(Istanbul, 1987) studied philosophy at Princeton and is working towards his Ph.D. in Ottoman History and Arabic Philosophy and Theology at Harvard. He has published five books of poetry and five books of translations from the Iranian poets M. Azad and Fereydoon-e Moshiri and from the American poets C.K. Williams, Susan Howe and Lyn Hejinian in Turkish. Together with Sidney Wade, he prepared a selection from the uvre of Turkish poet Melih Cevdet Anday. His poems, writings and translations in English have appeared in a wide range of journals, such as Guernica, Jacket, Five Points, and The American Reader, and in exhibitions including the 13th Istanbul Bienniale. He is currently working on the complete Turkish translation of Ezra Pound's Cantos. He published Matter-Poetry Manifesto together with Cem Kurtuluş in 2004, and his new work combines paleography, Islamic manuscript tradition, found footage and soundscapes.(2017)
Archive available for: Efe Murad
Listen to stories from near and far. They were told by African, Latin American and Asian students from the International Institute of Social Studies in The Hague, as well as by four Winternachten festival guests: poets Efe Murad (Turkey), Magda Cârneci (Romania), Mira Feticu (Netherlands) and Çaglar Köseoglu (Netherlands) who contributed with stories about writing poems in revolutionary times. Kees Biekart, Associate Professor in Political Sociology at ISS, hosted the conversations. English spoken.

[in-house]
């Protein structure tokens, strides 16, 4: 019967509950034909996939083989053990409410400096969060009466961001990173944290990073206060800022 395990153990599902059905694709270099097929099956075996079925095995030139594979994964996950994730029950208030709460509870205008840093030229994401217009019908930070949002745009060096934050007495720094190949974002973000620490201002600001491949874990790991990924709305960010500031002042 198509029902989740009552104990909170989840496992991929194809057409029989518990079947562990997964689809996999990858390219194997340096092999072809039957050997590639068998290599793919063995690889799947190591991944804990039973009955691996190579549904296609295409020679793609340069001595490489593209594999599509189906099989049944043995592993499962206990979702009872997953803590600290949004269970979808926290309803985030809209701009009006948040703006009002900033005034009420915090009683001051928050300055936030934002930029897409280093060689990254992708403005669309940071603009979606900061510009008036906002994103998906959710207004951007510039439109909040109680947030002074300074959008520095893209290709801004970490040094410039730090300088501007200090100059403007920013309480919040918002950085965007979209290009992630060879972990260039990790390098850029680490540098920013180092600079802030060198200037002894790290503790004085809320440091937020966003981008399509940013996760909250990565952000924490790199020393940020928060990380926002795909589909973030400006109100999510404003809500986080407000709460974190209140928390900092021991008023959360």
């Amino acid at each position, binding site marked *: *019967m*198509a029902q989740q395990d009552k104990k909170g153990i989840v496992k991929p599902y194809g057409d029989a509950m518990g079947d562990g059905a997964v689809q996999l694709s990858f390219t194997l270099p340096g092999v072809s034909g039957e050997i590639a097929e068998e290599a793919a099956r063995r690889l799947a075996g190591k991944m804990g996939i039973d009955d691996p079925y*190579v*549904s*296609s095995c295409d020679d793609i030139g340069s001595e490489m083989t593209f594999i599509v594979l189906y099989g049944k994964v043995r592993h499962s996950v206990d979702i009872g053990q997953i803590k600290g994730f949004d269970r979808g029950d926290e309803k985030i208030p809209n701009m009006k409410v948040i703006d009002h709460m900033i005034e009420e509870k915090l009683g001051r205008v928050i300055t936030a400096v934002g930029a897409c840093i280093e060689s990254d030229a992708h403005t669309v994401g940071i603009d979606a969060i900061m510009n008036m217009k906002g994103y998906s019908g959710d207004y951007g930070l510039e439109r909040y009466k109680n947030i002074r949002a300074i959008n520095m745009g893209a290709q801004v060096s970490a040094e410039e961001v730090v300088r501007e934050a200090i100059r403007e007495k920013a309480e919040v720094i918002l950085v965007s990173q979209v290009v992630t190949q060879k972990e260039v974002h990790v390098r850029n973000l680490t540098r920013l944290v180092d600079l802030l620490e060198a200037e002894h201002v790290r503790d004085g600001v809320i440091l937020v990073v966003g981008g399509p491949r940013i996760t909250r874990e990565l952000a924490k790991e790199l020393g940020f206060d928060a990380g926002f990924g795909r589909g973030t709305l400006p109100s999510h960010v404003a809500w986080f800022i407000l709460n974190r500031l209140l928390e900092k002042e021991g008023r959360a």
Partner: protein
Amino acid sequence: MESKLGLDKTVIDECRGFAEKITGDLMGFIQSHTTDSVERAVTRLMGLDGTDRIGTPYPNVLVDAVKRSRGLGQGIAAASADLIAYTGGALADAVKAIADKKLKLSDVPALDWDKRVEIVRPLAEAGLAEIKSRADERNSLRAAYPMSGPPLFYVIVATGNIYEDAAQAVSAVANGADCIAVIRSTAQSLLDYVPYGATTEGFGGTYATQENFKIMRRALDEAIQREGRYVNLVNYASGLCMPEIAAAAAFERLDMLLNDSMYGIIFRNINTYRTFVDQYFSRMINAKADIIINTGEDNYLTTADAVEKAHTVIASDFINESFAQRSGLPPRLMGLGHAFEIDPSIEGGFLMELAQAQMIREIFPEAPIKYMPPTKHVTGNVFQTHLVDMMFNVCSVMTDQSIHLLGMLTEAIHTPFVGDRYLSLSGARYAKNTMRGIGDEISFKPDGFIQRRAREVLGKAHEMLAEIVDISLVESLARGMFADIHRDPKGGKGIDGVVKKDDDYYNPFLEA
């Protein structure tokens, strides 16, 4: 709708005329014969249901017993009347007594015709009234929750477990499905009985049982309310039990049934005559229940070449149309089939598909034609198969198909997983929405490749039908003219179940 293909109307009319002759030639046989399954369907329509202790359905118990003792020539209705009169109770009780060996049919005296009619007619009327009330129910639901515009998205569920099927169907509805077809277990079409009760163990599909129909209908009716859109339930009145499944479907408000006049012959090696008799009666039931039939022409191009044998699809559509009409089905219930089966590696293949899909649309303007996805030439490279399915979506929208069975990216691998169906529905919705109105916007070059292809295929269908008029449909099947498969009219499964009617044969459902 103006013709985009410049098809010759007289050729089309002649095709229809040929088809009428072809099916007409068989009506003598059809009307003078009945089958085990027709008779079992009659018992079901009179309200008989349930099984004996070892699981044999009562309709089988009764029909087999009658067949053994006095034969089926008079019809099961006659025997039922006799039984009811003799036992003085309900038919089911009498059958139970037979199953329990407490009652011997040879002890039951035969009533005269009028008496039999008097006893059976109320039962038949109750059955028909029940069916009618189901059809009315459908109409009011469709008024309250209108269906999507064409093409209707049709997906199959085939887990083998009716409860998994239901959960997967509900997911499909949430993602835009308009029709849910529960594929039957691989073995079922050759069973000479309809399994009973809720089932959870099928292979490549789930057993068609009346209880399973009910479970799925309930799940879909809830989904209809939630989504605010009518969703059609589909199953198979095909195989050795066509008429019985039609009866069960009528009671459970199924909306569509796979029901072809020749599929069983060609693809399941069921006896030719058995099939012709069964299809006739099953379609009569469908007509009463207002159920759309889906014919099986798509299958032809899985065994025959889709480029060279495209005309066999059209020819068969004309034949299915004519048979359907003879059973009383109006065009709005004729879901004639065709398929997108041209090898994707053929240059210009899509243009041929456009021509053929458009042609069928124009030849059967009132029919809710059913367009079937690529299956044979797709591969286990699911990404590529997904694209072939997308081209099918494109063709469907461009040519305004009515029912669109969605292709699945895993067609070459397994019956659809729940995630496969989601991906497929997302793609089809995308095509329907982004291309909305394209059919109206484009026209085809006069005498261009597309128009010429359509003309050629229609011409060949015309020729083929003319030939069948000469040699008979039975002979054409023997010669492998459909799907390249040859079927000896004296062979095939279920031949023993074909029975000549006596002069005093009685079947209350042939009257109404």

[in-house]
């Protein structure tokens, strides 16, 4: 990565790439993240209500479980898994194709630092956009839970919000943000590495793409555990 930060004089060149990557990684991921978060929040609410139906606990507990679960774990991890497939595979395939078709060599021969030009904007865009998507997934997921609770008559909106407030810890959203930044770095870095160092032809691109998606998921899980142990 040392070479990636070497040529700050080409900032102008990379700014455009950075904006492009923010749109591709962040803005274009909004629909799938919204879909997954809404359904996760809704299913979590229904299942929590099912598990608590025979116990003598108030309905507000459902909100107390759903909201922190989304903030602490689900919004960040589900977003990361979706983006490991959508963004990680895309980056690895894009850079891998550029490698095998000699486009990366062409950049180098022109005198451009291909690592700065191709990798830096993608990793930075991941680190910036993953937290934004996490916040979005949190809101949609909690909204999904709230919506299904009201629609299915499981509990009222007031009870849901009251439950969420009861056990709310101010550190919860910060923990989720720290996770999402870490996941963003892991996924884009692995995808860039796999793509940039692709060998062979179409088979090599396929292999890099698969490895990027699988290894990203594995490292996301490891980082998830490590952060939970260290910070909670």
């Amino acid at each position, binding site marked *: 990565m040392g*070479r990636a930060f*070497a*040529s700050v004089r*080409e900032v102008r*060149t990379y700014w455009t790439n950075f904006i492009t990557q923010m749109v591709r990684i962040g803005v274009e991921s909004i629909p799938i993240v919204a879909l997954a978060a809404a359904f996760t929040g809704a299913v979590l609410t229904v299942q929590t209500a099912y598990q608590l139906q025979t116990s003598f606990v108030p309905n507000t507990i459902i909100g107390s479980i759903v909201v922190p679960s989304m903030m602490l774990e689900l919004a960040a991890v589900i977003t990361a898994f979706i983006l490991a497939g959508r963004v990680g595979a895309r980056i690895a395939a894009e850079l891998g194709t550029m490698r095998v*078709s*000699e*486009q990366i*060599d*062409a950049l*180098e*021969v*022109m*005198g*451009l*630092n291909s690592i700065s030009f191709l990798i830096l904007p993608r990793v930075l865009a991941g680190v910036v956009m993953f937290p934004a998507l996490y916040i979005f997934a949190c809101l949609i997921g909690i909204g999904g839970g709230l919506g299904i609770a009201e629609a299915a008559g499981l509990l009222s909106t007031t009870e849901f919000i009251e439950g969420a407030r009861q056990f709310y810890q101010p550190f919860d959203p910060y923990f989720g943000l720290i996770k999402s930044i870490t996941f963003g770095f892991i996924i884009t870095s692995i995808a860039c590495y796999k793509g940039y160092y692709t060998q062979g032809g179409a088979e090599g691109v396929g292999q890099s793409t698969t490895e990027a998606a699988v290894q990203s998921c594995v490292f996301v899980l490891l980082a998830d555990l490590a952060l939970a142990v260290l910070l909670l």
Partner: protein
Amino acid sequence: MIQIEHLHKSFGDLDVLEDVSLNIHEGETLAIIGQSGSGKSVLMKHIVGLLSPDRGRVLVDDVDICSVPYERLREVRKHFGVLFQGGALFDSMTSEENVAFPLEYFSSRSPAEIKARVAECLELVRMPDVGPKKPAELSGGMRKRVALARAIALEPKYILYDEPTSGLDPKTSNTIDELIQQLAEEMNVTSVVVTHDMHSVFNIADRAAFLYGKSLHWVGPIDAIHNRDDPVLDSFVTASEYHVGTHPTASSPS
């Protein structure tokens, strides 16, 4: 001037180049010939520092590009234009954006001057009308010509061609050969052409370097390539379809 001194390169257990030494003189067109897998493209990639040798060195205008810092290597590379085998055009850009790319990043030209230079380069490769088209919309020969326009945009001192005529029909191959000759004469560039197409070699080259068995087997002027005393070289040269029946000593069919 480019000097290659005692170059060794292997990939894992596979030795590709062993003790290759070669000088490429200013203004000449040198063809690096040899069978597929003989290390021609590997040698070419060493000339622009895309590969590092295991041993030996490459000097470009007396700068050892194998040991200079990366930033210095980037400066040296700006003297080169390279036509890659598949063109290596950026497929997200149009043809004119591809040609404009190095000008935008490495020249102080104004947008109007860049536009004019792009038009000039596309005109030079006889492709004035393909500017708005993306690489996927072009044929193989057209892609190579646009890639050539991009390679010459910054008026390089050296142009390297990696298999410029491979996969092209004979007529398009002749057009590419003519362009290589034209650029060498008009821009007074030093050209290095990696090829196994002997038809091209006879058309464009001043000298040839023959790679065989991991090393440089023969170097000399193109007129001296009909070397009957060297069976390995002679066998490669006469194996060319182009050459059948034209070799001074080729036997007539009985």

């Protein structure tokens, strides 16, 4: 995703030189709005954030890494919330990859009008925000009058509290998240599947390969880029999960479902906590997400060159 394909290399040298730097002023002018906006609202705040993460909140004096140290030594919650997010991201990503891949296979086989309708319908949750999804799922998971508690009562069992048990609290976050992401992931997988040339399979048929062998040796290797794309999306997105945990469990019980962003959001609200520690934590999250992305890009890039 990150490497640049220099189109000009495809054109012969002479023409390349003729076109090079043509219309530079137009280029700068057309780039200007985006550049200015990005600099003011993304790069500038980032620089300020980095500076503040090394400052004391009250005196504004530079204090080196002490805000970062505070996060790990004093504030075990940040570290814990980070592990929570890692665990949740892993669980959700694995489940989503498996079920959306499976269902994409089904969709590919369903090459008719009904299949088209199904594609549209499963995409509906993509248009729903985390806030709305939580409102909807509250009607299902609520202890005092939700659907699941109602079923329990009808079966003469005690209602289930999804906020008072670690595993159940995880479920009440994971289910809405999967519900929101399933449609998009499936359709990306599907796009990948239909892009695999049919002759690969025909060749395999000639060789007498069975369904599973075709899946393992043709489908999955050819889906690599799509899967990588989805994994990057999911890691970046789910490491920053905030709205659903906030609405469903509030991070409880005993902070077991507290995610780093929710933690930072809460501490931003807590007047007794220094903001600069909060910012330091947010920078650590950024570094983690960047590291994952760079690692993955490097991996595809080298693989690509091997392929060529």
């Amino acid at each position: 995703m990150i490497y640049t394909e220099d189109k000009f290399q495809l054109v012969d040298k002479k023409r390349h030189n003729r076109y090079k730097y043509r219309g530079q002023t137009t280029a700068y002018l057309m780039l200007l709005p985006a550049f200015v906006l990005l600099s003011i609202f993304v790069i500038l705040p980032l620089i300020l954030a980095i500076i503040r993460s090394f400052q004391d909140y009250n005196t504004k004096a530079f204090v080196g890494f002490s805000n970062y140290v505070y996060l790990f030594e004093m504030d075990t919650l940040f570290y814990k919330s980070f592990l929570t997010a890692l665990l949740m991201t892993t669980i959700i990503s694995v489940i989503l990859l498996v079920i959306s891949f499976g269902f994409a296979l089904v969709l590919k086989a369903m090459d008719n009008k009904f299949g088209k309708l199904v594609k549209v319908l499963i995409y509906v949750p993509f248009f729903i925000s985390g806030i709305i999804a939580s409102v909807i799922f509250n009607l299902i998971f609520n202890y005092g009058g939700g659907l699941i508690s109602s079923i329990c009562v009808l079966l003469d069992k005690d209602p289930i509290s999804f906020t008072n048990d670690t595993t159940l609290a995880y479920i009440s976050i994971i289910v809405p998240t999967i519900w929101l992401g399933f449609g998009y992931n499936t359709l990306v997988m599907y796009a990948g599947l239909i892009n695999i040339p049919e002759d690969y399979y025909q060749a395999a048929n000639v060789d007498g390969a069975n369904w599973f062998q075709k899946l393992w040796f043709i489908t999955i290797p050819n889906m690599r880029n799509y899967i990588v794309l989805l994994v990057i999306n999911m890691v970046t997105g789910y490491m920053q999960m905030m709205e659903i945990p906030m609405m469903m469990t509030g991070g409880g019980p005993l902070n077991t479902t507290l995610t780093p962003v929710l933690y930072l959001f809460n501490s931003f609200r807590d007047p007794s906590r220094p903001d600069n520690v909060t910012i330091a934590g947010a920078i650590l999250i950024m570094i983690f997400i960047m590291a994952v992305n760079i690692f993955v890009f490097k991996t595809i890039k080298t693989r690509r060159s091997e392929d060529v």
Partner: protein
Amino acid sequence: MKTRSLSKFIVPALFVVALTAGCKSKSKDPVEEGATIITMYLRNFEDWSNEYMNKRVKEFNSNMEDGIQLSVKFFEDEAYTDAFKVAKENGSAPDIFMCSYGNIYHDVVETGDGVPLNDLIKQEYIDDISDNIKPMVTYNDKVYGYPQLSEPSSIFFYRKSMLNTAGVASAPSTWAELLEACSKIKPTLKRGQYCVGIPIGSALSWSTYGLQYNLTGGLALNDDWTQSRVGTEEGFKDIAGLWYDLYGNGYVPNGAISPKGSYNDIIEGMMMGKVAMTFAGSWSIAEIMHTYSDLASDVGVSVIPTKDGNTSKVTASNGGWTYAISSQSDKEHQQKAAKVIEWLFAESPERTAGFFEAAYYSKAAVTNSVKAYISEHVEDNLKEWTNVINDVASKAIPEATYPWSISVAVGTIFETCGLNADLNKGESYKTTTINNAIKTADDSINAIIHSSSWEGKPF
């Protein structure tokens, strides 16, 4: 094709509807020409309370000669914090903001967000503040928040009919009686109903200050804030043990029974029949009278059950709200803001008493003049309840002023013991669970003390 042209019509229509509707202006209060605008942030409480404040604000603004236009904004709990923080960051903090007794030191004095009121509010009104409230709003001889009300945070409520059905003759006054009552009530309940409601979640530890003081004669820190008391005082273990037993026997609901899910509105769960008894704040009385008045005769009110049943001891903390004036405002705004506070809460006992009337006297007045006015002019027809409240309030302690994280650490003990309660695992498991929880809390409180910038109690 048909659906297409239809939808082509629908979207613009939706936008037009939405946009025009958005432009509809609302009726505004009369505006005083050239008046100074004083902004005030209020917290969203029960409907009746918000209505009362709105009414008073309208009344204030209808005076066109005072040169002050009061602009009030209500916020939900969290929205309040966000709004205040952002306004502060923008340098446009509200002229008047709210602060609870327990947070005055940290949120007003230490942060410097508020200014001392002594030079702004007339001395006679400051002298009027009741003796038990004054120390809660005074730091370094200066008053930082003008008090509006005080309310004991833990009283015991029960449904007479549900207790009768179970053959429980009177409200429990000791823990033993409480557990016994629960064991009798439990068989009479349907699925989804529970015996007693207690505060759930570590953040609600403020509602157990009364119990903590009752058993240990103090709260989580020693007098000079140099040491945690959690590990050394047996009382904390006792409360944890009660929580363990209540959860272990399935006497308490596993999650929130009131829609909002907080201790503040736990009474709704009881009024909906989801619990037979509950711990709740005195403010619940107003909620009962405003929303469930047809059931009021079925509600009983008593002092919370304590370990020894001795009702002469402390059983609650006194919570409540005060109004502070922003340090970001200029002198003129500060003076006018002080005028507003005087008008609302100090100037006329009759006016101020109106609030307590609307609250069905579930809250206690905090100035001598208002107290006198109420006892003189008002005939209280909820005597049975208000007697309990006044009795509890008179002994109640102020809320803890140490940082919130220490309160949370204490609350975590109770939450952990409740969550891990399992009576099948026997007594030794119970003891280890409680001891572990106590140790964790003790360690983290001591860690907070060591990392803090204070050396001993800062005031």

The 23rd Winternachten international literature festival-edition took place from Thursday 18 January up till and including Sunday 21 January. Over 80 writers, poets and musicians from The Netherlands and abroad this time not only came to festival locations Theater aan het Spui and Filmhuis Den Haag, but will also visit schools and perform in The Hague neighbourhoods.
The festival, known for its scintillating mix of declamation, readings, conversations about topical subjects, musical performances and film programme, has no less then eight locations this edition. From 18-21 January, central festival locations are Theater aan het Spui and Filmhuis Den Haag.